Hosta, part of the Lily family, has numerous recognized species, virtually all native to Japan. The currently used name was introduced in 1812, in honor of a royal physician, Nicholaus Thomas Host (1761-1834).
The post-World War II gardening world has witnessed an astonishing explosion of interest in these treasured plants. And new species of Hosta are still being found. A 1985 plant-hunting expedition to the remotest regions of the Japanese archipelago uncovered two previously unknown species.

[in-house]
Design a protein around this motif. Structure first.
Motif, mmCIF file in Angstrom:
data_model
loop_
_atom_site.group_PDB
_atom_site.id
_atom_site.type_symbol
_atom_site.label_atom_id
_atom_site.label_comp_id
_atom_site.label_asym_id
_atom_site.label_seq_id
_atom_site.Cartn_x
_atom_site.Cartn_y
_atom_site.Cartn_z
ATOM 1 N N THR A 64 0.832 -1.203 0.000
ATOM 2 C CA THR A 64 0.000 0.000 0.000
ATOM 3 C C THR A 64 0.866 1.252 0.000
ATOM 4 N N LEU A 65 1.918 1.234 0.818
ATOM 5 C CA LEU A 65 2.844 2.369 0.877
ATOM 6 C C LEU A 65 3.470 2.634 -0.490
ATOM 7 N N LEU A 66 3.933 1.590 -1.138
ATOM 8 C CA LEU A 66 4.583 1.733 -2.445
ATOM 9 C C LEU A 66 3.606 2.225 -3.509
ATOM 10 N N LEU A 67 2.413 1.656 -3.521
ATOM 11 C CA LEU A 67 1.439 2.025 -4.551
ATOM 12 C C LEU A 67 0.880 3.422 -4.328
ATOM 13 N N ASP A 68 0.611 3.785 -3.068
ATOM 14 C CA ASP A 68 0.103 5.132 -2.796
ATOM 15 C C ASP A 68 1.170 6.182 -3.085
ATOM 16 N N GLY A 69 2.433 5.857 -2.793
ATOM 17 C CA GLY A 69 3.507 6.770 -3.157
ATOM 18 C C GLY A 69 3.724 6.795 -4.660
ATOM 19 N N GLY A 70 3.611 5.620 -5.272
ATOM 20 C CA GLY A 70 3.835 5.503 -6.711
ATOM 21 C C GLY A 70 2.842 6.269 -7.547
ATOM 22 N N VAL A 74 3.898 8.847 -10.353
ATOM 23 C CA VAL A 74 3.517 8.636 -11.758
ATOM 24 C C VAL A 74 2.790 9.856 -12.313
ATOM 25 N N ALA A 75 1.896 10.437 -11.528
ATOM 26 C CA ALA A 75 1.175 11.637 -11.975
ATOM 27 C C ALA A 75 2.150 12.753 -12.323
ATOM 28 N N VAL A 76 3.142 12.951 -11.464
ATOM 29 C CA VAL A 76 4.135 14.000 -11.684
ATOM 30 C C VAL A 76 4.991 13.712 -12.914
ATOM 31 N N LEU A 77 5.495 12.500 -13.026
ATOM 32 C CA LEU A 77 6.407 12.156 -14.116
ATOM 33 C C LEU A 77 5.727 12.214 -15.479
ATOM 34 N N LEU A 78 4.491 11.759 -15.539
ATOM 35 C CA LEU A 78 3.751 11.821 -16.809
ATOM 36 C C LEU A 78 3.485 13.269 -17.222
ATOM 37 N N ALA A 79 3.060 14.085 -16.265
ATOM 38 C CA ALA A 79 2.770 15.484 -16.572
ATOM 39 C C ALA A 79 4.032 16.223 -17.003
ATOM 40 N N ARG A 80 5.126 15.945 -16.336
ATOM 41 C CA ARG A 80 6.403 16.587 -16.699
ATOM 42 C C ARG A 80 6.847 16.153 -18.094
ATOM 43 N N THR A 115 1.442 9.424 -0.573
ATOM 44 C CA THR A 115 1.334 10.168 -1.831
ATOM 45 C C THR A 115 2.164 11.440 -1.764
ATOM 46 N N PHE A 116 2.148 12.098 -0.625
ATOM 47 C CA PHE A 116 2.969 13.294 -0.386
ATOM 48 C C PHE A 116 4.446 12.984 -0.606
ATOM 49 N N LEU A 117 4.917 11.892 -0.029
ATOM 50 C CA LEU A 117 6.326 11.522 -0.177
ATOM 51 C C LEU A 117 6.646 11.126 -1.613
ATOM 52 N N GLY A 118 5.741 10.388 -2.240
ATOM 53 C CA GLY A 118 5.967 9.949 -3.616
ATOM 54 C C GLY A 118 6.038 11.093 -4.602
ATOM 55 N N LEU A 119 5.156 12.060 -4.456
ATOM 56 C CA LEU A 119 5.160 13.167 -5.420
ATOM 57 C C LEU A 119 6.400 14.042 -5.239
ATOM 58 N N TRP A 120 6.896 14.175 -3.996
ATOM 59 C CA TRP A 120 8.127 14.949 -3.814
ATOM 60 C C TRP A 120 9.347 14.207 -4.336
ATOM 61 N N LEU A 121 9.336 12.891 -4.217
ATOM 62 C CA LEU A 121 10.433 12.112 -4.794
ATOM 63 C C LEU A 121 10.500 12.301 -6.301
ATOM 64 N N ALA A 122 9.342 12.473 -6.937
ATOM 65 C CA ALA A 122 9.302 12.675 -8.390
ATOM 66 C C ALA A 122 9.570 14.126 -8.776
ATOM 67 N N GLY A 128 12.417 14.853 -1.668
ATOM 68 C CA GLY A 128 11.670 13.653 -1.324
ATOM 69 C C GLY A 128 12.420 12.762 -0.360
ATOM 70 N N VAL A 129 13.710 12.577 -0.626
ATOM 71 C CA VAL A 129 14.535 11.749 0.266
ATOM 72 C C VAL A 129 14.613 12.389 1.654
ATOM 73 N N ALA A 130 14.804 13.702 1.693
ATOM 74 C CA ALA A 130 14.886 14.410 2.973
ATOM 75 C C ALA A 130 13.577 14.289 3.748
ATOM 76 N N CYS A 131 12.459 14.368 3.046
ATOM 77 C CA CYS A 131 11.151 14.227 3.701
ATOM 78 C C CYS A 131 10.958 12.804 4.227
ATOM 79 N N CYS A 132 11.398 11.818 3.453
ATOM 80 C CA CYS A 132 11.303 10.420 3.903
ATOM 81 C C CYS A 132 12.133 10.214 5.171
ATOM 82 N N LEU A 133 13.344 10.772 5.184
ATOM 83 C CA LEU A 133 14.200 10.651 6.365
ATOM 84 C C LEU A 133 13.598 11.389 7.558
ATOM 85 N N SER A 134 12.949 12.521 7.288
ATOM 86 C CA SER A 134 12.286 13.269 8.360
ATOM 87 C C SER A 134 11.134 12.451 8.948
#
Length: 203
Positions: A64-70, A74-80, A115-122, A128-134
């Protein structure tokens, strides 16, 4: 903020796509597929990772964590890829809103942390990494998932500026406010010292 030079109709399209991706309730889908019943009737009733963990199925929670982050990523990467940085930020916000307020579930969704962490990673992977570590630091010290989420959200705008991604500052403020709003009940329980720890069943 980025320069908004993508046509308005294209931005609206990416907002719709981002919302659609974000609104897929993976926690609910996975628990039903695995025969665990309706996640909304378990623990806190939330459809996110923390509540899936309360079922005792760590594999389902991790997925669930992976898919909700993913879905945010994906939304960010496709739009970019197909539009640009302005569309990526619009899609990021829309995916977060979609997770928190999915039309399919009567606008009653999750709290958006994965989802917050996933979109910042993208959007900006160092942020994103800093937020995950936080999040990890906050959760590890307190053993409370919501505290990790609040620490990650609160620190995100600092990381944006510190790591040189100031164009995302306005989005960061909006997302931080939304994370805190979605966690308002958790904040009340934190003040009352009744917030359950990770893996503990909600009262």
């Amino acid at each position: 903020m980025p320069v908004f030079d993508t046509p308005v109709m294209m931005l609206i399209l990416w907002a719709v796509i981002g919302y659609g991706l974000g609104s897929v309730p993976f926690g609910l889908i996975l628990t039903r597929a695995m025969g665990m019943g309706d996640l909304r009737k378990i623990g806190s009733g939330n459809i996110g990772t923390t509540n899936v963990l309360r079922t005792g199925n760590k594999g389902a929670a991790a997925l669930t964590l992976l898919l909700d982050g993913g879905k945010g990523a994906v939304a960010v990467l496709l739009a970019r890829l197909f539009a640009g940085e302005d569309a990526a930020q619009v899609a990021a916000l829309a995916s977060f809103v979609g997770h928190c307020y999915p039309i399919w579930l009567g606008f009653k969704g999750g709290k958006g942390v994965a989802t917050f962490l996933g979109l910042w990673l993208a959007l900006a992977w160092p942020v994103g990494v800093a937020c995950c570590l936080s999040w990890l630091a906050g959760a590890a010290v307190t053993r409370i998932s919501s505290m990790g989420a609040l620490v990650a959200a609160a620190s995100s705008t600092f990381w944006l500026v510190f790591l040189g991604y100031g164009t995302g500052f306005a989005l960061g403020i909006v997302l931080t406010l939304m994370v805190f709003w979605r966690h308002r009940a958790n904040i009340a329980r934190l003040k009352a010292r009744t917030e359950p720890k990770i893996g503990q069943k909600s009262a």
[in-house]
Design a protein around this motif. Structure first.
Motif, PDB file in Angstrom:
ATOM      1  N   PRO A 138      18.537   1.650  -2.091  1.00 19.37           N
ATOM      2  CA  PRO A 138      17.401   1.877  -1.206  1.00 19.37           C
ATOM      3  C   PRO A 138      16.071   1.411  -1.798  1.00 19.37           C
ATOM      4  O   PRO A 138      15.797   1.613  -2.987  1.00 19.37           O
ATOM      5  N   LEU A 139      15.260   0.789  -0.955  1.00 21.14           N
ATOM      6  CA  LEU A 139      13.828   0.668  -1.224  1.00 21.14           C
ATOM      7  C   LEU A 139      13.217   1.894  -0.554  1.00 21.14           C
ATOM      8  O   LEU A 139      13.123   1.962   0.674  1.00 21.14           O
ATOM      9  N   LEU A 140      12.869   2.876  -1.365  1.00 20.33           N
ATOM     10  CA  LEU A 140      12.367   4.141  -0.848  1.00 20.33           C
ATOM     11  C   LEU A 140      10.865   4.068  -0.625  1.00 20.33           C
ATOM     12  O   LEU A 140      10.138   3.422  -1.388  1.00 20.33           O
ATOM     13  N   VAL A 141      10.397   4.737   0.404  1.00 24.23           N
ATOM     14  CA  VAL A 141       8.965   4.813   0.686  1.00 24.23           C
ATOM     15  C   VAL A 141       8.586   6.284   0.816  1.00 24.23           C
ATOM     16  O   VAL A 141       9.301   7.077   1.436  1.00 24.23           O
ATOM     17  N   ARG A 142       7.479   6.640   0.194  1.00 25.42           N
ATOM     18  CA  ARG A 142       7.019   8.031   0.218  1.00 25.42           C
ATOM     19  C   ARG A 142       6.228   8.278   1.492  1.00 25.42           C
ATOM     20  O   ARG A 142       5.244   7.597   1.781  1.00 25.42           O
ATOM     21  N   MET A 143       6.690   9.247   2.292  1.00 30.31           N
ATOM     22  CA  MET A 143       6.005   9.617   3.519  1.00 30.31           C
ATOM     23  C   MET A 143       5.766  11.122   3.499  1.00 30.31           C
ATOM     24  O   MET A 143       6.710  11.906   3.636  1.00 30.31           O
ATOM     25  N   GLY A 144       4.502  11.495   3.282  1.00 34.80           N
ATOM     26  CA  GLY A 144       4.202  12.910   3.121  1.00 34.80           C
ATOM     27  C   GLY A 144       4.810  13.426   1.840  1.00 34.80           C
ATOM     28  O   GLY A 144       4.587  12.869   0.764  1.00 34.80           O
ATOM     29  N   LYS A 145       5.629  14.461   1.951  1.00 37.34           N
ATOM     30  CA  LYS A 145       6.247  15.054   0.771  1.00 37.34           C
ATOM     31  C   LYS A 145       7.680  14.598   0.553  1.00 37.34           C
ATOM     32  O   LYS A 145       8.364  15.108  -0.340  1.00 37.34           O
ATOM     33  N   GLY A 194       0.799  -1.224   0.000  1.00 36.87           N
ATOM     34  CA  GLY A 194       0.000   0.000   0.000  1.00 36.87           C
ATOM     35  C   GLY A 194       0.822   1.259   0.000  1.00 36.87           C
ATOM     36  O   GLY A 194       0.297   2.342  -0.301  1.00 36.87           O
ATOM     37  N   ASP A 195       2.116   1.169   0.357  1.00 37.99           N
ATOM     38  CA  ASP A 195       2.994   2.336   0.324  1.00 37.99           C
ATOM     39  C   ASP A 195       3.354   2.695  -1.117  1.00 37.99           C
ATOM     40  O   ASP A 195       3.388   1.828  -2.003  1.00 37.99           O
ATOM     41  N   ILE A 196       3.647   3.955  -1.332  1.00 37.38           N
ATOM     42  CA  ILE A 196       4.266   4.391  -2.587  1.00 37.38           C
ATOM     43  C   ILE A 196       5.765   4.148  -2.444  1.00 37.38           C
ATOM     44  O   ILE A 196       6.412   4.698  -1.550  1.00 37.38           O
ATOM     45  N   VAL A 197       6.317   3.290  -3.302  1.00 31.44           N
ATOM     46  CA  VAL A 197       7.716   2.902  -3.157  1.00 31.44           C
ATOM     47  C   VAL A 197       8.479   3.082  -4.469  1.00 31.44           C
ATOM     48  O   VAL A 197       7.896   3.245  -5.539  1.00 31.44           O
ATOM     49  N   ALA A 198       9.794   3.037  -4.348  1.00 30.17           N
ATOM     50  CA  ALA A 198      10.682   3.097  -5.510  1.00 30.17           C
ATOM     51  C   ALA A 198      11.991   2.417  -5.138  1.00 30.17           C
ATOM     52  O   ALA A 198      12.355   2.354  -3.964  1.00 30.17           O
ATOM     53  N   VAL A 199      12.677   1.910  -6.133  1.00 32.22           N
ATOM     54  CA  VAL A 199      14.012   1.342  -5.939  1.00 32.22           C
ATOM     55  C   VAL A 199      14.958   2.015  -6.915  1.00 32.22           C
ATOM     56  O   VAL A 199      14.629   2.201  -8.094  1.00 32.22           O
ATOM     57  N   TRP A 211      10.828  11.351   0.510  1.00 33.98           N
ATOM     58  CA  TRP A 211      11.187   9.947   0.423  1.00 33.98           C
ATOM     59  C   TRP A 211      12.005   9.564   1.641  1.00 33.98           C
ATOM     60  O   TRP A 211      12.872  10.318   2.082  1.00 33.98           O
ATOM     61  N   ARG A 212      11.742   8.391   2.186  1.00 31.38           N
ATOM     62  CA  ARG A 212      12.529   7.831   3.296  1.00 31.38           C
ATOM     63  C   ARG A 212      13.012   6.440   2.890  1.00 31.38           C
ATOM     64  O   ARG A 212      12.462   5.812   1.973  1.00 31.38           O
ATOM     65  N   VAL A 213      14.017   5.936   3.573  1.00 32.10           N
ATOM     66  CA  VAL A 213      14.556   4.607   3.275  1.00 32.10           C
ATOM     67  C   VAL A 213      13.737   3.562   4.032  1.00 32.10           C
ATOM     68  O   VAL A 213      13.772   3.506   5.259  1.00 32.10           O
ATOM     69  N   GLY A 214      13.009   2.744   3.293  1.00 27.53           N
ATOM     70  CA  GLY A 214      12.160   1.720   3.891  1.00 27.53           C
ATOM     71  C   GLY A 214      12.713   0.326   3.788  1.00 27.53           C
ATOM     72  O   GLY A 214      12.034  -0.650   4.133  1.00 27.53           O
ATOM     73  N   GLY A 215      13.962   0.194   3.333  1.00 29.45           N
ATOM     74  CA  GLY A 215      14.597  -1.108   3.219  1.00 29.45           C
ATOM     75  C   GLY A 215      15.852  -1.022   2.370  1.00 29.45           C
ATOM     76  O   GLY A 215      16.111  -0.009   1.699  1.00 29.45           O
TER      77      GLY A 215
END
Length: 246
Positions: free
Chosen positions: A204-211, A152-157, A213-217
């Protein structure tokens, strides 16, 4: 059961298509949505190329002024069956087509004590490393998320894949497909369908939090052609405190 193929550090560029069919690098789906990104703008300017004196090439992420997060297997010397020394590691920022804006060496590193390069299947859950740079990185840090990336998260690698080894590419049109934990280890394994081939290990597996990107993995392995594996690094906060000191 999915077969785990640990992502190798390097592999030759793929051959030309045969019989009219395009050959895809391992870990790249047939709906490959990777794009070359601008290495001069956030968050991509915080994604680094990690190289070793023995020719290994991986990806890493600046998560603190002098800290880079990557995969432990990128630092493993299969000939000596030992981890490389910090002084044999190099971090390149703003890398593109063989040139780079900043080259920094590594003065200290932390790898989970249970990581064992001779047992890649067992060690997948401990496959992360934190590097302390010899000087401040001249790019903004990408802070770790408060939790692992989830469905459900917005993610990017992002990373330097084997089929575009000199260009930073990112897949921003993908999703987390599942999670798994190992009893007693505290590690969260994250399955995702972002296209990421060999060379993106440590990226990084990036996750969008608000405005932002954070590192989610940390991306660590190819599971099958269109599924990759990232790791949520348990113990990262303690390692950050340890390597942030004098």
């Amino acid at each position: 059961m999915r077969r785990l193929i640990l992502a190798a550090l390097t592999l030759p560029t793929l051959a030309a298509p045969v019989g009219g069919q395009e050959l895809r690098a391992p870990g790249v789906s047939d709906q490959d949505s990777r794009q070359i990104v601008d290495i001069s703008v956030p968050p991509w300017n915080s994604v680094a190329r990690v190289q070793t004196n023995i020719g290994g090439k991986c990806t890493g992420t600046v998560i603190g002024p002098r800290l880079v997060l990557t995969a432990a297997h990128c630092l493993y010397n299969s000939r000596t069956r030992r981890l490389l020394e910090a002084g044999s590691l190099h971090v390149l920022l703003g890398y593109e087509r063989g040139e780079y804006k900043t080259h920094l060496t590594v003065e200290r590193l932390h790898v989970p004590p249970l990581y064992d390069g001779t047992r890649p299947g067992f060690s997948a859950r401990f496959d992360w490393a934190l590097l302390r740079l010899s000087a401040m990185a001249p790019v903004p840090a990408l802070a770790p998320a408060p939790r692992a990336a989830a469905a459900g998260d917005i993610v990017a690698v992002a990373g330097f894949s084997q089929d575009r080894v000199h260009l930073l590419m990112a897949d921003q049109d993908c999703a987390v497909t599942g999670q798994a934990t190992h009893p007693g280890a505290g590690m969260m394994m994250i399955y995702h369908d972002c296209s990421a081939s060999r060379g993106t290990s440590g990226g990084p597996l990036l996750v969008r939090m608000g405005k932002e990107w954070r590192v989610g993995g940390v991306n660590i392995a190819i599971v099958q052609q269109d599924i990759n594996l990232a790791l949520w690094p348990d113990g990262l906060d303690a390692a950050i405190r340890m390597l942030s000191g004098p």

With their extraordinary hardiness and affinity for cool, shady haunts, Hostas offer ornamental foliage in silvery-blue, yellow-green, and rich green; all manner of variegation, and a wide variety of leaf sizes and shapes.
Hostas are exceedingly popular perennials in today's gardens due to their versatility in the landscape. Their subtle colors, tall flower scapes, and broad, coarse leaves fill a niche in garden designs that few other plants can achieve.